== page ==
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City may sell sewage facility

WORTHINGTON -- The Worthington City Council voted Monday night to take the first step in examining the feasibility of selling the city's industrial wastewater treatment facility. JBS has expressed interest in owning the plant, and is the facility's primary user.

City Engineer Dwayne Haffield presented information from Wenck Associates of Windom and Flaherty & Hood P.A. on the technical and legal issues of pursuing a sale of the property. He said there have not been many instances in which a company wants to purchase a treatment facility.

"The moving of wastewater plants from public to private ... is very rare," said Haffield.

The first step in the process is to determine the value of the property. Haffield recommended the city move forward with Wenck Associates to complete an initial valuation of the parcel.

If JBS is amenable to the value placed on the facility, the city would then enter a second phase, which would include a more detailed site visit and plant evaluation, doing an expanded cost estimate and developing the selling and permitting strategies before presenting a final report.

"It just may not go past Phase I -- it may be out of the ballpark," said Haffield. "The first step is to get the estimate."

Honorary Council member Mike Hokeness suggested the city consider the value of the loss of control over the facility, if it were to be sold to a private business.

Haffield said a private company would still be required to comply with state and federal environmental regulations.

"There should be some comfort by this community ... that the regulations by the state, by the environment are the same," said Mayor Alan Oberloh. "I don't think there is less that they have to do as a private owner."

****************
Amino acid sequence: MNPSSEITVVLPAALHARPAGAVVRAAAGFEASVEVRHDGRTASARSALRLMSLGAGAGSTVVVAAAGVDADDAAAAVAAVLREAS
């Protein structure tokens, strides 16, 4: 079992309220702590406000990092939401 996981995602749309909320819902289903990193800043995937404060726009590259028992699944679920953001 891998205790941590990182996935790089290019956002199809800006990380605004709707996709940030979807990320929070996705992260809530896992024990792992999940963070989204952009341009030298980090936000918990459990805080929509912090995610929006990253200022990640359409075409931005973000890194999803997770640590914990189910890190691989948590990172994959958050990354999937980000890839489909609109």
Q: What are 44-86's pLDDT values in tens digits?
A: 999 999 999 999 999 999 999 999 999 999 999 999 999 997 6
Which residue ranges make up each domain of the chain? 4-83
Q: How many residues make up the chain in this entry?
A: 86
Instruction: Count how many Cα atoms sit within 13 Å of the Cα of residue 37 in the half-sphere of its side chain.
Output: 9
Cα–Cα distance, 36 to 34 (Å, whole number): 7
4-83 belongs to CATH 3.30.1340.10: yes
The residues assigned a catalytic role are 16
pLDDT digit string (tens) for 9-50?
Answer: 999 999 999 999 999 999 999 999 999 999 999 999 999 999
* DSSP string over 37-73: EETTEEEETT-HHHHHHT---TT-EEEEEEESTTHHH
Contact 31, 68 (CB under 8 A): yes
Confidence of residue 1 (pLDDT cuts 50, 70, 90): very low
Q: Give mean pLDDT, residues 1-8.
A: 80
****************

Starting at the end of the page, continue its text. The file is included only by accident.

Alderman Mike Kuhle raised concern about the lost revenue from the permits issued for use of the treatment facility.

"I want to make sure we're getting a good value for this," he added.

The council approved hiring Wenck Associates to determine a value of the property. Expenses will be paid for with wastewater treatment funds.

In other action, the council:

- Voted unanimously to withdraw a grant request to the Minnesota Department of Employment and Economic Development for financial assistance with the conversion of the former YMCA into a proposed senior and community center. The action was taken after council members expressed concern with the restrictions of the grant and the potential to receive less than $88,000 in state funding.

- Authorized the advertisement of bids for a 4,400-square-foot addition to the Memorial Auditorium. Bids will be accepted through Feb. 18, for consideration at the Feb. 22 council meeting.

The readvertisement for bids comes after the city rejected all bids received in late April 2009. In that process, all bids came in higher than the engineer's estimate.

City Engineer Dwayne Haffield said the scope was tweaked in an effort to "scale back some of the costs of the project." The new estimate is approximately $1.93 million. Four alternate bids will also be taken for items including installation of a patterned carpet in the lobby, etched glass in the stair and balcony rail system, etched glass panels in the front windows of the new addition and in two of the main level replacement windows, and reconstruction of the existing parking lot.

- Approved a resolution formalizing a no parking zone along Ryan's Road, from U.S. 59 to Ray Drive. The action is another step in the city's process of moving toward the installation of traffic lights at the intersection of U.S. 59 and Ryan's Road.

- Approved a recommendation of the Worthington Rediscovered Committee to reimburse Ray Harchanko up to $5,950 for the demolition of a condemned house at 612 Humiston Ave.

- Approved Mark Shepherd and Jim Malters as the city attorney and assistant city attorney, respectively, for 2010, approved the appointment of Janice Oberloh to a one-year term as city clerk, and elected Lyle Ten Haken as Mayor Pro-tem for the year.

- Set 7 p.m., the second and fourth Mondays of each month as the regular City Council meeting time and days.

- Designated the Daily Globe as the official newspaper for city business.

Julie Buntjer

Julie Buntjer joined the Globe newsroom in December 2003, after working more than nine years for weekly newspapers. A native of Worthington, she has a bachelor's degree in agriculture journalism. Find more of her stories of farm life, family and various other tidbits at

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